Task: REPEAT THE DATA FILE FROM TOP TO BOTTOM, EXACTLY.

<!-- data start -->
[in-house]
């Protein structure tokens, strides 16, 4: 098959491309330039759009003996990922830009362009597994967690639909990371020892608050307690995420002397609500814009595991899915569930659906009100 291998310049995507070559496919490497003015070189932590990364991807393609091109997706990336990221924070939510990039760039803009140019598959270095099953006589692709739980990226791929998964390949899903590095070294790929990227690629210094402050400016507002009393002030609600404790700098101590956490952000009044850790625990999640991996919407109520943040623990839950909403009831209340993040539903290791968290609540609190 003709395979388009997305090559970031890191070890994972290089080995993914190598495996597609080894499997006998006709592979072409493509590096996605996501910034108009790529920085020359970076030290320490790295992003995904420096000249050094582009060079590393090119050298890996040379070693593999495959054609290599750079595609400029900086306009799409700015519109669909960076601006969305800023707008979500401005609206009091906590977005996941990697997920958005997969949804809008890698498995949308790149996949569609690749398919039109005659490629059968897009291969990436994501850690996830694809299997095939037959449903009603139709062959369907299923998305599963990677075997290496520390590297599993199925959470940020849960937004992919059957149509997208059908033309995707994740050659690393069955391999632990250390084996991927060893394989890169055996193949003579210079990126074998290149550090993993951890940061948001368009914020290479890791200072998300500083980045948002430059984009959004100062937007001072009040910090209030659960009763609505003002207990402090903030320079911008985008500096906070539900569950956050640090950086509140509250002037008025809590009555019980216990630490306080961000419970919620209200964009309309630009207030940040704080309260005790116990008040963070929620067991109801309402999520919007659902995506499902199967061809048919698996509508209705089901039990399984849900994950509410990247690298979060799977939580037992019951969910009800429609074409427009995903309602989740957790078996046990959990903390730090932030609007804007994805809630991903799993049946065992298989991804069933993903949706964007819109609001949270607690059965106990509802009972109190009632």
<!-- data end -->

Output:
[in-house]
């Protein structure tokens, strides 16, 4: 098959491309330039759009003996990922830009362009597994967690639909990371020892608050307690995420002397609500814009595991899915569930659906009100 291998310049995507070559496919490497003015070189932590990364991807393609091109997706990336990221924070939510990039760039803009140019598959270095099953006589692709739980990226791929998964390949899903590095070294790929990227690629210094402050400016507002009393002030609600404790700098101590956490952000009044850790625990999640991996919407109520943040623990839950909403009831209340993040539903290791968290609540609190 003709395979388009997305090559970031890191070890994972290089080995993914190598495996597609080894499997006998006709592979072409493509590096996605996501910034108009790529920085020359970076030290320490790295992003995904420096000249050094582009060079590393090119050298890996040379070693593999495959054609290599750079595609400029900086306009799409700015519109669909960076601006969305800023707008979500401005609206009091906590977005996941990697997920958005997969949804809008890698498995949308790149996949569609690749398919039109005659490629059968897009291969990436994501850690996830694809299997095939037959449903009603139709062959369907299923998305599963990677075997290496520390590297599993199925959470940020849960937004992919059957149509997208059908033309995707994740050659690393069955391999632990250390084996991927060893394989890169055996193949003579210079990126074998290149550090993993951890940061948001368009914020290479890791200072998300500083980045948002430059984009959004100062937007001072009040910090209030659960009763609505003002207990402090903030320079911008985008500096906070539900569950956050640090950086509140509250002037008025809590009555019980216990630490306080961000419970919620209200964009309309630009207030940040704080309260005790116990008040963070929620067991109801309402999520919007659902995506499902199967061809048919698996509508209705089901039990399984849900994950509410990247690298979060799977939580037992019951969910009800429609074409427009995903309602989740957790078996046990959990903390730090932030609007804007994805809630991903799993049946065992298989991804069933993903949706964007819109609001949270607690059965106990509802009972109190009632």